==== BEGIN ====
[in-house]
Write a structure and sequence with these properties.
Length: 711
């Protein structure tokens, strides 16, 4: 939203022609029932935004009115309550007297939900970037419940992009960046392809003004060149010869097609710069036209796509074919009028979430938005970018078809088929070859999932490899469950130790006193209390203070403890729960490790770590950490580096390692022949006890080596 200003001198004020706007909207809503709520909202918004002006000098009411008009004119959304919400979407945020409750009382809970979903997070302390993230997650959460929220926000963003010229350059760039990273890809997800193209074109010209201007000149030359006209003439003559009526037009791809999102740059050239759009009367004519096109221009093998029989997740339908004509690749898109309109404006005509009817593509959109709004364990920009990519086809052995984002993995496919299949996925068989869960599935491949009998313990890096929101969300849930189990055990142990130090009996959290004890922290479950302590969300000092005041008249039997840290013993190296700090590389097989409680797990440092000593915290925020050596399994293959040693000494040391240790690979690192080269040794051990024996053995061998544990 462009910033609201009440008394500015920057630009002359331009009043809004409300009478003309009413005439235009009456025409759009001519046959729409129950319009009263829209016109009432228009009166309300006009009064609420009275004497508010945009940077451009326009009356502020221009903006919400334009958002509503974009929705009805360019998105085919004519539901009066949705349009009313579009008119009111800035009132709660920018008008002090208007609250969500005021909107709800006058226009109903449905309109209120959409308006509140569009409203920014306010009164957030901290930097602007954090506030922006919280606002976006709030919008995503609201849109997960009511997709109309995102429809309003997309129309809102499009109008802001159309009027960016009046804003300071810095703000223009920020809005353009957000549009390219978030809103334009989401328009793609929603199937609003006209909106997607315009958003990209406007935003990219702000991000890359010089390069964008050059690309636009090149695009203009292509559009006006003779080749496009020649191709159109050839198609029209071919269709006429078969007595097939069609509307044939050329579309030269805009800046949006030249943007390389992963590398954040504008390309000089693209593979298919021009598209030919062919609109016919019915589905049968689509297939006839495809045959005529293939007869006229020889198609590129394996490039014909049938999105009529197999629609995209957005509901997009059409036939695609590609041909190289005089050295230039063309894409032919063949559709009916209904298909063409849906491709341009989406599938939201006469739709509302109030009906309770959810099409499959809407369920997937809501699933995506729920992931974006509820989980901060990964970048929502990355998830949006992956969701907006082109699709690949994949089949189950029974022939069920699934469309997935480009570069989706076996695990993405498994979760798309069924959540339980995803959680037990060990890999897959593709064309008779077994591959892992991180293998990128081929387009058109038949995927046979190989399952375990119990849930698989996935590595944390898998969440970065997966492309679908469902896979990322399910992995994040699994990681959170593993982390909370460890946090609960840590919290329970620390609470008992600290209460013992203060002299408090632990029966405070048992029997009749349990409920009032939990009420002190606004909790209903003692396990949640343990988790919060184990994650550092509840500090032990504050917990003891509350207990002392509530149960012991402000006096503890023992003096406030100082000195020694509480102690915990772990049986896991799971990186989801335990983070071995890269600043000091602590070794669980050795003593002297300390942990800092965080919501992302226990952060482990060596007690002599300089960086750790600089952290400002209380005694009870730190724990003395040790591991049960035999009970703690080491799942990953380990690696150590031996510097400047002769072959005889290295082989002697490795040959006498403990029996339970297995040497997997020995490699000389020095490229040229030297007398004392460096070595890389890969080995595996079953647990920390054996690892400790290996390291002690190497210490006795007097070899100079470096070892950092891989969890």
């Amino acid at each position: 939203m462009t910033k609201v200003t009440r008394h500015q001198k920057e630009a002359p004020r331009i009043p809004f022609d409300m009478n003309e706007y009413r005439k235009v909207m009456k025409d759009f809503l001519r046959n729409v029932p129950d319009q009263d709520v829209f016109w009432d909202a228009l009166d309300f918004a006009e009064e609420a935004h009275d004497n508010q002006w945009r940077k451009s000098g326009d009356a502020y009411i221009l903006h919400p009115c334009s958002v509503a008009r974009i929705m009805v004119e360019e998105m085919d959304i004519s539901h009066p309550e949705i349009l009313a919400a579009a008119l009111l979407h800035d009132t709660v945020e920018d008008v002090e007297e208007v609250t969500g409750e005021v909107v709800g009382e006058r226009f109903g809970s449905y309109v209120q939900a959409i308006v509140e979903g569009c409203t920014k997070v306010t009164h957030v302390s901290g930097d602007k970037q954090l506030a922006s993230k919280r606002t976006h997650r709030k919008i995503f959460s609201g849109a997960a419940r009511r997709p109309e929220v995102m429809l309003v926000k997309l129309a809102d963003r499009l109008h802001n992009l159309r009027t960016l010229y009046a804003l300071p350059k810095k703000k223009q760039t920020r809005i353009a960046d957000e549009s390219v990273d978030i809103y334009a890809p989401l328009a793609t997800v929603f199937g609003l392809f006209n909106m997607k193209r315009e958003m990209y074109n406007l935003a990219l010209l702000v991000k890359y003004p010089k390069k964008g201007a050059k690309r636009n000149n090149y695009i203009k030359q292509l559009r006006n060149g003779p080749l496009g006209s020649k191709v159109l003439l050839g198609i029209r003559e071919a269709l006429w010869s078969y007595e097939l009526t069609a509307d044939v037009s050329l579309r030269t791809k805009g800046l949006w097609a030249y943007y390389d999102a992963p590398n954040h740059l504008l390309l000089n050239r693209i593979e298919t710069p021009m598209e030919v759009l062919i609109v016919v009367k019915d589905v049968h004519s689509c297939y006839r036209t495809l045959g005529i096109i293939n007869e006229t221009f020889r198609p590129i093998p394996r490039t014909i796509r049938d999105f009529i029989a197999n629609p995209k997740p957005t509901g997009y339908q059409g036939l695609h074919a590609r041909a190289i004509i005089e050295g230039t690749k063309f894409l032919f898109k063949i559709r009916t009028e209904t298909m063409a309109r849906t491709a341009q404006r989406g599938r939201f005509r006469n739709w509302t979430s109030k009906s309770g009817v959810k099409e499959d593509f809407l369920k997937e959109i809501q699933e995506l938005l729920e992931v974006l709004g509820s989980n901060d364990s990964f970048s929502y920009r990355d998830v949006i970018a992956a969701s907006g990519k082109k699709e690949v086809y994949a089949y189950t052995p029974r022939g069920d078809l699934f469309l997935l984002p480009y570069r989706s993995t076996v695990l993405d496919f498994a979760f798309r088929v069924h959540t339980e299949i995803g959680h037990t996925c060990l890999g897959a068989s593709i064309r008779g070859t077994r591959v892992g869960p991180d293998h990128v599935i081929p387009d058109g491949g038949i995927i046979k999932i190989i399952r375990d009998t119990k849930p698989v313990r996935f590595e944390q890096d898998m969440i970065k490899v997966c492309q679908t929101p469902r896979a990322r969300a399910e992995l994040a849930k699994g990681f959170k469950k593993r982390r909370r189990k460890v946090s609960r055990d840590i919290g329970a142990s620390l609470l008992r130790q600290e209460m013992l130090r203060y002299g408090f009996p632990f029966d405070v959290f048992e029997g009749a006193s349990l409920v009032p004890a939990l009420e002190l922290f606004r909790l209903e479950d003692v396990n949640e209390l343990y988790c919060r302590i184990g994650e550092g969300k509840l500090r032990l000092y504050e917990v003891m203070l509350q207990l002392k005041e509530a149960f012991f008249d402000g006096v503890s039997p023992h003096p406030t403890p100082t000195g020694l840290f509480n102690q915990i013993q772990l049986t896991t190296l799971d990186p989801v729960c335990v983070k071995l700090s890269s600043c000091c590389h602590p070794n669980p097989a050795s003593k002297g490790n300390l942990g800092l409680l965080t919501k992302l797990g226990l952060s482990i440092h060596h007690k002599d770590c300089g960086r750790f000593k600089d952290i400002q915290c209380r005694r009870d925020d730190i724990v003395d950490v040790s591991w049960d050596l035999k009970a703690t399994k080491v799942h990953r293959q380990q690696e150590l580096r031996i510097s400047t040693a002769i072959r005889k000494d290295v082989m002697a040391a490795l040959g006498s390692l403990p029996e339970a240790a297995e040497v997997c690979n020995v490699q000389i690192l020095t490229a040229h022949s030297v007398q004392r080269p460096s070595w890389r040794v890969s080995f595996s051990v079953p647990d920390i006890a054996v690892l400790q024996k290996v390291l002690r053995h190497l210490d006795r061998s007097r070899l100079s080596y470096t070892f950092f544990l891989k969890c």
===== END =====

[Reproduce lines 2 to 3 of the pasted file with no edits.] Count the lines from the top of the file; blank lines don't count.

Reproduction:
Write a structure and sequence with these properties.
Length: 711